Pretty amazing right?
But the beach down there is off limits so just enjoy it from above.
Every time I see a “View Point” sign I always stop and take in the view.

I stopped in Carmel by the Sea for lunch with a friend.
Then I got this cool shot at Monterey Lanes Bowling Alley.

I continued up Route 1 towards San Francisco.
I drove past Santa Cruz, past Mavericks big wave invitational surf spot and past Pacifica when I realized I needed fuel.
I stopped in Daly City and was shocked at the price of gasoline.

I didn’t realize that Daly City was pretty much right outside of San Francisco.
It was getting dark and I was getting hungry so I found a place to park and eat.
After pizza and beer I was full and tired so I curled up in the back of The 55 and took a little nap.
When I awoke at 1:30am I had to go to the bathroom.
Thank goodness there was a gas station only three blocks away from where I was parked.
I put on my shoes, walked over to the gas station to find out it was closed.
I walked back to my car and started looking on my iPhone map where to go to the bathroom.
I went to a 7-11 – no bathroom for you.
I went to a gas station – no bathroom for you.
I went to a Walgreens – no bathroom for you.
It turns out there are no bathrooms in San Francisco!!
I guess that’s why there are so many signs in San Francisco telling you not to poop on the sidewalk.
As I was backing out of the Walgreens parking lot my steering wheel started making a grinding sound and then started spinning freely.
The steering wheel is spinning freely and the front wheels aren’t moving…
Now what?!?
After calling AAA they asked me where I’d like to have it towed.
I told them to take me to any AAA approved mechanic.
They towed us to All American Automotive.

Rumor has it that the pistons on the sign used to move up and down – pretty cool huh?
At 7:45am I heard someone say: “I bet you AAA sent him here.”
I got out of the car and asked: “Yeah, AAA did send me here. How did you know?”
“Sorry, but we don’t work on domestic cars.” he replied.
“But your shop is called All American Automotive!!!”
“Yeah… We’re working on changing that.”
A garage called “All American Garage” that doesn’t work on American cars!!
What is this world coming to?!?
I was in Northern California so I texted a few of my NorCal autocross friends for help.
David Carrol got back to me immediately and sent me to Marcus Fry Racing, about 25 miles south of San Francisco in Redwood City.
While I was waiting for AAA to return we figured out that the weld holding the rag joint to the steering shaft broke.
Thank goodness it didn’t happen out on the road!!
I mean – what would have happened if it broke while I was on PCH?!?
Once I got to Redwood City, Marcus got to work.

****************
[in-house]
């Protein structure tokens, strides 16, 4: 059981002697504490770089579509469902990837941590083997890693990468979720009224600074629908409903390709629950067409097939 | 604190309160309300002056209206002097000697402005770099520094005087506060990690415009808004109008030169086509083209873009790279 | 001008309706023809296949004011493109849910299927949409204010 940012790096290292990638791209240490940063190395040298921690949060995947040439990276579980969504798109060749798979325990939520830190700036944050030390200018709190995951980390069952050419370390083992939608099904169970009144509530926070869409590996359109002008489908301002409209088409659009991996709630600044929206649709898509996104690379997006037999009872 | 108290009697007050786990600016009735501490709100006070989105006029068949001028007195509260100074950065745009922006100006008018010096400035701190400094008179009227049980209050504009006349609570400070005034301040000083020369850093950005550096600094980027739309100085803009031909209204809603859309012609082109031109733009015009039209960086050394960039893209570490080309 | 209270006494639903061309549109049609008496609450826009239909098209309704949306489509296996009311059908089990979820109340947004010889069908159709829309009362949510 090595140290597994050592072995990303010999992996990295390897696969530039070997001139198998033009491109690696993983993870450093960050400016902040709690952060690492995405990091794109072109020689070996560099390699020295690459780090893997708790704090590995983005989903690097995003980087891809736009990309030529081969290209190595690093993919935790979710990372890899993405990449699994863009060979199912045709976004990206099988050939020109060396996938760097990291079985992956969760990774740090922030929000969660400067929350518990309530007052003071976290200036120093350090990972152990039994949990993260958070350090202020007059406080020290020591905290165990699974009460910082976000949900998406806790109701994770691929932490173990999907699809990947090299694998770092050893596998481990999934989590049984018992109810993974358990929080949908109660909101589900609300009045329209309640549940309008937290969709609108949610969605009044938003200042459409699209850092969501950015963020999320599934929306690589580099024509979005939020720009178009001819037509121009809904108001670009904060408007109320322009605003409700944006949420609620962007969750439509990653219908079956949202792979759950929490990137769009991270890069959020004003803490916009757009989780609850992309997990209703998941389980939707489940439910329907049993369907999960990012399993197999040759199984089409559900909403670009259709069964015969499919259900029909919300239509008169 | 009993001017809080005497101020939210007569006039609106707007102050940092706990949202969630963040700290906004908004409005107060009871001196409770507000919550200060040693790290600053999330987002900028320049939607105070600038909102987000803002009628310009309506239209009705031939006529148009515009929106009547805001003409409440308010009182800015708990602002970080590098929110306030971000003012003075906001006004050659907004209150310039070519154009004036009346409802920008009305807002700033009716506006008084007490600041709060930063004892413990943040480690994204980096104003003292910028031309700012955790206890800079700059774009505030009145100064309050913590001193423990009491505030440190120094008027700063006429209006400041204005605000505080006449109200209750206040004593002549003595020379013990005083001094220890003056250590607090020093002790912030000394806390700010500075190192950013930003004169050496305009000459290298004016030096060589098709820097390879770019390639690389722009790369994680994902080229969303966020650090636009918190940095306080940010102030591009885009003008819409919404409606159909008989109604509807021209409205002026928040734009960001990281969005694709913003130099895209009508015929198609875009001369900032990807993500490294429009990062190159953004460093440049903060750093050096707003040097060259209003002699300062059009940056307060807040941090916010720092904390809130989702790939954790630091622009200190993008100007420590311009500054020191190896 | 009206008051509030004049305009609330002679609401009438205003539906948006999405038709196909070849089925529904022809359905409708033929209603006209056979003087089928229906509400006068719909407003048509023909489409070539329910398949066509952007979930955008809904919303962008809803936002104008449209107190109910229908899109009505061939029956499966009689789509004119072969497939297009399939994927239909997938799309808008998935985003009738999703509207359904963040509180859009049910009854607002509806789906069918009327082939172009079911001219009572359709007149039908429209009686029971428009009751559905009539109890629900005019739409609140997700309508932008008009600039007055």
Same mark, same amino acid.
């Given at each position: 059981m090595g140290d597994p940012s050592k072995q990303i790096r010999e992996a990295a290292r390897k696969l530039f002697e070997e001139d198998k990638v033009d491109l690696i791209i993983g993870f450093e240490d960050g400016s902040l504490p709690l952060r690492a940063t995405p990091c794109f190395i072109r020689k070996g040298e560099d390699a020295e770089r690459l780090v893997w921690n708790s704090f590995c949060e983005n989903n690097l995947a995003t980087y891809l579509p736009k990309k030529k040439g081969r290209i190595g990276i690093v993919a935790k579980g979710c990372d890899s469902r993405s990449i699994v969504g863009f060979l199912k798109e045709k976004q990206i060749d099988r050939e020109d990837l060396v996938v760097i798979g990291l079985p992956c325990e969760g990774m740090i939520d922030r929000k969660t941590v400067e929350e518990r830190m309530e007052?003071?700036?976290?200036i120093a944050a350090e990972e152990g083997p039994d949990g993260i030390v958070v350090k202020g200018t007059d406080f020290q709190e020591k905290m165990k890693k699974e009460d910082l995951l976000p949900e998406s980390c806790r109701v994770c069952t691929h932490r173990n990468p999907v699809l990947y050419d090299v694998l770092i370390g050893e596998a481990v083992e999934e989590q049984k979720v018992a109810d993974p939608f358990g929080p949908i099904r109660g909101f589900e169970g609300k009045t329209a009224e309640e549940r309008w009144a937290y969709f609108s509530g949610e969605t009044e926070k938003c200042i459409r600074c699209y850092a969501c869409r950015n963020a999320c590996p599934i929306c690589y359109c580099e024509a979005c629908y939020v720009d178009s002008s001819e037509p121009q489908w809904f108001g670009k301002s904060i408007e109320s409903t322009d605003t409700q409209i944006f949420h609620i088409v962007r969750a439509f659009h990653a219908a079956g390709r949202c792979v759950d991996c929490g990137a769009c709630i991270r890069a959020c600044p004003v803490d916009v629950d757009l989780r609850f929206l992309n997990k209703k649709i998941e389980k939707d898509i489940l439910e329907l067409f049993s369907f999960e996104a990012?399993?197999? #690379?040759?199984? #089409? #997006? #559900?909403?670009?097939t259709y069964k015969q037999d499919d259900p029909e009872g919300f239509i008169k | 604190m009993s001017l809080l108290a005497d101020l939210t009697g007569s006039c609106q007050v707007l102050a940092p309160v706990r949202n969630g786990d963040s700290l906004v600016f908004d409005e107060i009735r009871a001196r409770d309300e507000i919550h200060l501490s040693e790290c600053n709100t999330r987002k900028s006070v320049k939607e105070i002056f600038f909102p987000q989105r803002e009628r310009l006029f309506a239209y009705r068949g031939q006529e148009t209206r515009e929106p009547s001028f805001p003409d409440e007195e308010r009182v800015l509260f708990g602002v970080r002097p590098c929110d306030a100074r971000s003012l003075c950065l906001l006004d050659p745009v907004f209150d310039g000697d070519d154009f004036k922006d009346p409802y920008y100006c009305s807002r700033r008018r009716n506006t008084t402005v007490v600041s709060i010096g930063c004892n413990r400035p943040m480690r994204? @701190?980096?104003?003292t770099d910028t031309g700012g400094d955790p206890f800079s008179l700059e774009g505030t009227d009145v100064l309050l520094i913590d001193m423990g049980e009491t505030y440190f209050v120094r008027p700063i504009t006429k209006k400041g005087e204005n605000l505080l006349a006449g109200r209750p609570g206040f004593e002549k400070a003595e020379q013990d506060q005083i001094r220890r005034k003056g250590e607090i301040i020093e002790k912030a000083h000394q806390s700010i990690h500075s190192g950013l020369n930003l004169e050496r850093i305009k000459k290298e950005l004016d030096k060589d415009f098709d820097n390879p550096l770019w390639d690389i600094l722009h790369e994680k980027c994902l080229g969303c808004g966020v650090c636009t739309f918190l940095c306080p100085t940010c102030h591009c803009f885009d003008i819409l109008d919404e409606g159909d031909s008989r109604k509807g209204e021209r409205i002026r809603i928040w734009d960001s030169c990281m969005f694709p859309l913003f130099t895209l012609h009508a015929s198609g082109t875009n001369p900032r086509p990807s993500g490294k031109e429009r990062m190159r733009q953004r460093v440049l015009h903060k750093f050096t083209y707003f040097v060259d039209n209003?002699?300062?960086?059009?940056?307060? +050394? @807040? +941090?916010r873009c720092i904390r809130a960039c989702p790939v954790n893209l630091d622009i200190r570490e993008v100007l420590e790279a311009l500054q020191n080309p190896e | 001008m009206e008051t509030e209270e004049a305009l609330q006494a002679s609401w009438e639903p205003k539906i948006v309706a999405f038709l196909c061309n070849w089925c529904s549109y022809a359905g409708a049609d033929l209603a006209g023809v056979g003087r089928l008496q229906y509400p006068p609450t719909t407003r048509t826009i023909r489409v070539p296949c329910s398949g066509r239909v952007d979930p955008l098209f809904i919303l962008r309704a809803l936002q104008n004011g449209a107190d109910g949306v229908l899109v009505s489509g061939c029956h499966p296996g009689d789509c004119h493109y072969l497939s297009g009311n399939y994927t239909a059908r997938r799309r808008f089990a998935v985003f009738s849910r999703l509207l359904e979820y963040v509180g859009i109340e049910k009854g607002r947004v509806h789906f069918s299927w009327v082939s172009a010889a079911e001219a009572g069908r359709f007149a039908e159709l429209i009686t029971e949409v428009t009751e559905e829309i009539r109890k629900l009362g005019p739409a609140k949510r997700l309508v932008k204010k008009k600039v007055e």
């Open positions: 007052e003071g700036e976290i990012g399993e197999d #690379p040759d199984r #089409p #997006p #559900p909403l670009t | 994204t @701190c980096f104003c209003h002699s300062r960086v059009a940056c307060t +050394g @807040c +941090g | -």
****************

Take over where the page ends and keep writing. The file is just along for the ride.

After he welded it up I asked him if I should get a replacement steering rag joint and he replied
“Nope – you’ll be all good to go.”
Best response ever!!
From Redwood City I drove up through San Francisco and over the Golden Gate Bridge to Fort Baker.

That’s where I tried some more open exposure shots.

Kind of cool right?
I still need lots more practice.
From Fort Baker I drove up to Mill Valley to spend some time with my high school buddy Brother Shark and his family.
That’s one of the things I love about traveling is getting to see and reconnect with friends old and new.
I spent a few days catching up with them before I left for the Goodguys Autumn Get Together in Pleasanton on Saturday and Sunday.
The autocross in Pleasanton on Saturday and Sunday was awesome as always.
When Monday came around, I hit the road and was headed to the last show of the season – the Goodguys Duel in the Desert in Scottsdale, Arizona, and their 32 car autocross shootout.
I’ll be driving through Oatman, AZ on old Route 66 and then down into Scottsdale.
Did you know Oatman has wild mules/burros that wander the streets?
I’ll tell you all about it next time.
Until then, I’m Jeff Thisted and I drive a 55

4 thoughts on “Death Valley, Pacific Coast Highway and San Francisco

      1. Thanks for continuing to share your adventures Jeff. With the coffee table book I got from you last year for inspiration (along with your continuing sagas), I’ve decided to embark on a Route 66 trip in September. Perhaps I’ll see you somewhere along the route. Stay well Jeff!

        Liked by 1 person

      2. Thanks YOU Eric!! I’m glad you like the book – I’ve got a few more in the works. and I’m honored you got some inspiration from my travels. Keep me posted on your Route 66 road trip and maybe I’ll meet you out there on the road. Safe travels my friend.